June 08 2014


June 06 2014


Big Idea: A competition to encourage videogame design students to go 'Off the Map'

Stella Wisdom discusses the 'Off the Map' competition: a unique collaboration the British Library has with videogame company Crytek and GameCity festival based in Nottingham. Off the Map challenges students in higher education to build exciting, explorable, virtual environments using assets chosen by curators at the British Library and the power of Crytek's CRYENGINE software. The 2013 competition winners were De Montfort University's Pudding Lane Productions team with their stunning realisation of 17th century London.

Stella Wisdom is a curator in the Digital Research team at the British Library, exploring and promoting new methods of digital scholarship using both born digital content and digitised collections.

June 01 2014


May 30 2014


Reluctant regicides? The trial of Charles I revisited

Dr Andrew Hopper investigates the recent controversy among historians about the nature of the trial of King Charles I. Which individuals drove the king's trial and what were their aims and goals? Did the king know he was doomed from the outset or did doubts remain over the trial's outcome? How committed were the trial commissioners to a capital sentence and what pressures constrained their freedom of action?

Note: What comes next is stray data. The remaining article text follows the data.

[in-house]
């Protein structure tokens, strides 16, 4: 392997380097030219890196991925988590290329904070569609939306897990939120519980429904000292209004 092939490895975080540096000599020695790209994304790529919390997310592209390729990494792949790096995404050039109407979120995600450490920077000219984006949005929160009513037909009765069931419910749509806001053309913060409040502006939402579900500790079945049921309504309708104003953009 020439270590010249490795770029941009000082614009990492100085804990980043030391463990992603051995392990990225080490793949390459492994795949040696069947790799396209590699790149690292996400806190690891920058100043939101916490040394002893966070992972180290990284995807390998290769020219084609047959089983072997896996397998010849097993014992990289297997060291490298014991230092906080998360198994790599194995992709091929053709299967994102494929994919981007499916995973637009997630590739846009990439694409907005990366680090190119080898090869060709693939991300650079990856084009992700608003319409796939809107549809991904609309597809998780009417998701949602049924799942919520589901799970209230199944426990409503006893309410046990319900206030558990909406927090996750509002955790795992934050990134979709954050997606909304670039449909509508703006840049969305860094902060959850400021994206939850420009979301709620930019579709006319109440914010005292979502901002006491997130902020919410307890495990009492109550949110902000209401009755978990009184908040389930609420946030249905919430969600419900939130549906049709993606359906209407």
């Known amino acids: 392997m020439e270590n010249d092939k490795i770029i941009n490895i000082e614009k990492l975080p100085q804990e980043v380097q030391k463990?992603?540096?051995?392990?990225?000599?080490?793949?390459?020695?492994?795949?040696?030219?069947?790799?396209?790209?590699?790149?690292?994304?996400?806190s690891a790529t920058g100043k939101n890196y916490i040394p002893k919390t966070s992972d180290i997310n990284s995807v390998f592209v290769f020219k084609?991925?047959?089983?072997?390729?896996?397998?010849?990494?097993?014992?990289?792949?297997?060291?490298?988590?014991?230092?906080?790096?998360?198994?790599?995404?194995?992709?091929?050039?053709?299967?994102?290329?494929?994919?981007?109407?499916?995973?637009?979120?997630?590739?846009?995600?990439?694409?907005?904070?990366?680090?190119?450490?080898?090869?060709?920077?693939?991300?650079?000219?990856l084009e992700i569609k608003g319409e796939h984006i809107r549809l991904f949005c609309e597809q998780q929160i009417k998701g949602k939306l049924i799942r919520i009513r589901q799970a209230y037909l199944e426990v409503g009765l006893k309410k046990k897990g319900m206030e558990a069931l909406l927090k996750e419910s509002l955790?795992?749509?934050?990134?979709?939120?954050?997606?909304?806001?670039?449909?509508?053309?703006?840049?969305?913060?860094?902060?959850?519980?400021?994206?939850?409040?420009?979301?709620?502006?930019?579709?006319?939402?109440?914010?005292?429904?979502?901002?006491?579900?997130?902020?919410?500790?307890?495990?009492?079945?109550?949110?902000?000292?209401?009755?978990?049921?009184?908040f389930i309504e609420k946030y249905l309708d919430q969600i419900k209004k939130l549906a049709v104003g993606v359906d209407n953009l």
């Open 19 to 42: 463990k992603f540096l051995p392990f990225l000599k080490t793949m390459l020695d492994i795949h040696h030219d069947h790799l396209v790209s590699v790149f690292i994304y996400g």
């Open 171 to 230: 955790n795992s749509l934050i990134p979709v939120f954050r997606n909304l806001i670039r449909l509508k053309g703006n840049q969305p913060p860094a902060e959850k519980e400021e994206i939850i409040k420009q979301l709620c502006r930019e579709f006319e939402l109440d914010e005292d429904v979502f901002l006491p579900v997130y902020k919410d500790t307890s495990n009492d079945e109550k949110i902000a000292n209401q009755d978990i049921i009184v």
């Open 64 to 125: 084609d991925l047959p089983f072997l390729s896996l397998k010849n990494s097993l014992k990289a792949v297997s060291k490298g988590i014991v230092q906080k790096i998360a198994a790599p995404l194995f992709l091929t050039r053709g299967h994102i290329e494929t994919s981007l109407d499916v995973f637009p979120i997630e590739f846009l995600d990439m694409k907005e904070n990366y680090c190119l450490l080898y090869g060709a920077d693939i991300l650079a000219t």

The trial papers of Charles I are on view in The Keeper's Gallery.

Dr Andrew Hopper is senior lecturer in the Centre for English Local History at the University of Leicester. He is a historian of the British Civil Wars, and best known for his two monographs Black Tom: Sir Thomas Fairfax and the English Revolution (Manchester University Press, 2007) and Turncoats and renegadoes: Changing sides in the English Civil Wars (Oxford University Press, 2012).

May 27 2014


Webinar: Cloud storage and digital preservation

How can cloud storage help address growing digital preservation challenges? A webinar took place on 13 May 2014 to introduce The National Archives' new cloud storage and digital preservation guidance. The webinar was an opportunity to learn more about this guidance, and to put questions to the authors: Neil Beagrie, Andrew Charlesworth and Paul Miller.

If you have any queries about the presentation please contact Charles Beagrie Ltd.

Please note that this is a recording of a webinar and you might notice reduced sound quality.

May 25 2014